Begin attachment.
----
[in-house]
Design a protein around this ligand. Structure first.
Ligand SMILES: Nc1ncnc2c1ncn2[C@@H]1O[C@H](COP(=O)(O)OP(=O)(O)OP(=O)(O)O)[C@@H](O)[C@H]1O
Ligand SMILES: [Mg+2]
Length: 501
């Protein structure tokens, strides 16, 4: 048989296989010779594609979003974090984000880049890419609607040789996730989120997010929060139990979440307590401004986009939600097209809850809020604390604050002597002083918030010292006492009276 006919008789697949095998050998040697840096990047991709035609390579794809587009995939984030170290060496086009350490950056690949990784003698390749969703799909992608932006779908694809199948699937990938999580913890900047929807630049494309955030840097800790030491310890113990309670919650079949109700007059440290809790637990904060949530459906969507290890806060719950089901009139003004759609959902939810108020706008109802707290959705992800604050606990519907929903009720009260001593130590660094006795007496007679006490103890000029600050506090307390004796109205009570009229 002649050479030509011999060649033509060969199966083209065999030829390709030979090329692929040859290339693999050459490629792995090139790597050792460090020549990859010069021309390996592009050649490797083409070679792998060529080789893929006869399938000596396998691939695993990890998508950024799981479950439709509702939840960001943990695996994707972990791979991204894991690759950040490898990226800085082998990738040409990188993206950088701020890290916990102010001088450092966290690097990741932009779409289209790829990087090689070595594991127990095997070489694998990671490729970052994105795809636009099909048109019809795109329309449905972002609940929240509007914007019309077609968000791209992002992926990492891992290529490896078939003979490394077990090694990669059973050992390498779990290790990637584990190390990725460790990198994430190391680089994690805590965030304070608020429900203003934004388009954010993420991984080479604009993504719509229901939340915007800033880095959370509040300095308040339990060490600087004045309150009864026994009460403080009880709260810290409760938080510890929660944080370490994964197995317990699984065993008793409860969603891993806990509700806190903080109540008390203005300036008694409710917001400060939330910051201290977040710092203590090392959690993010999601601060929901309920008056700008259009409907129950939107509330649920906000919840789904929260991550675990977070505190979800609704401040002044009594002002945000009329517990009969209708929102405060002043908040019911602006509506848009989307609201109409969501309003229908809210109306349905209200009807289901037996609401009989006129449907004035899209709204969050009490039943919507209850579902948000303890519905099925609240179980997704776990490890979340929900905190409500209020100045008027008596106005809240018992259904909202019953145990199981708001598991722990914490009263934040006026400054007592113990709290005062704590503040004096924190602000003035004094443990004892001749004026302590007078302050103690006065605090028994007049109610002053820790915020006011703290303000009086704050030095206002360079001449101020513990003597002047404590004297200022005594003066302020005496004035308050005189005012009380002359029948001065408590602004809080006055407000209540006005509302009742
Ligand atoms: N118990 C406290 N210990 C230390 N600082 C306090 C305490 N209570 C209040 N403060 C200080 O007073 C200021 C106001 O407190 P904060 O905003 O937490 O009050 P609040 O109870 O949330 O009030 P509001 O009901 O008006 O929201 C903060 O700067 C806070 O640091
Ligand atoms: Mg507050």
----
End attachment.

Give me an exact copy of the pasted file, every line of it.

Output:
[in-house]
Design a protein around this ligand. Structure first.
Ligand SMILES: Nc1ncnc2c1ncn2[C@@H]1O[C@H](COP(=O)(O)OP(=O)(O)OP(=O)(O)O)[C@@H](O)[C@H]1O
Ligand SMILES: [Mg+2]
Length: 501
């Protein structure tokens, strides 16, 4: 048989296989010779594609979003974090984000880049890419609607040789996730989120997010929060139990979440307590401004986009939600097209809850809020604390604050002597002083918030010292006492009276 006919008789697949095998050998040697840096990047991709035609390579794809587009995939984030170290060496086009350490950056690949990784003698390749969703799909992608932006779908694809199948699937990938999580913890900047929807630049494309955030840097800790030491310890113990309670919650079949109700007059440290809790637990904060949530459906969507290890806060719950089901009139003004759609959902939810108020706008109802707290959705992800604050606990519907929903009720009260001593130590660094006795007496007679006490103890000029600050506090307390004796109205009570009229 002649050479030509011999060649033509060969199966083209065999030829390709030979090329692929040859290339693999050459490629792995090139790597050792460090020549990859010069021309390996592009050649490797083409070679792998060529080789893929006869399938000596396998691939695993990890998508950024799981479950439709509702939840960001943990695996994707972990791979991204894991690759950040490898990226800085082998990738040409990188993206950088701020890290916990102010001088450092966290690097990741932009779409289209790829990087090689070595594991127990095997070489694998990671490729970052994105795809636009099909048109019809795109329309449905972002609940929240509007914007019309077609968000791209992002992926990492891992290529490896078939003979490394077990090694990669059973050992390498779990290790990637584990190390990725460790990198994430190391680089994690805590965030304070608020429900203003934004388009954010993420991984080479604009993504719509229901939340915007800033880095959370509040300095308040339990060490600087004045309150009864026994009460403080009880709260810290409760938080510890929660944080370490994964197995317990699984065993008793409860969603891993806990509700806190903080109540008390203005300036008694409710917001400060939330910051201290977040710092203590090392959690993010999601601060929901309920008056700008259009409907129950939107509330649920906000919840789904929260991550675990977070505190979800609704401040002044009594002002945000009329517990009969209708929102405060002043908040019911602006509506848009989307609201109409969501309003229908809210109306349905209200009807289901037996609401009989006129449907004035899209709204969050009490039943919507209850579902948000303890519905099925609240179980997704776990490890979340929900905190409500209020100045008027008596106005809240018992259904909202019953145990199981708001598991722990914490009263934040006026400054007592113990709290005062704590503040004096924190602000003035004094443990004892001749004026302590007078302050103690006065605090028994007049109610002053820790915020006011703290303000009086704050030095206002360079001449101020513990003597002047404590004297200022005594003066302020005496004035308050005189005012009380002359029948001065408590602004809080006055407000209540006005509302009742
Ligand atoms: N118990 C406290 N210990 C230390 N600082 C306090 C305490 N209570 C209040 N403060 C200080 O007073 C200021 C106001 O407190 P904060 O905003 O937490 O009050 P609040 O109870 O949330 O009030 P509001 O009901 O008006 O929201 C903060 O700067 C806070 O640091
Ligand atoms: Mg507050």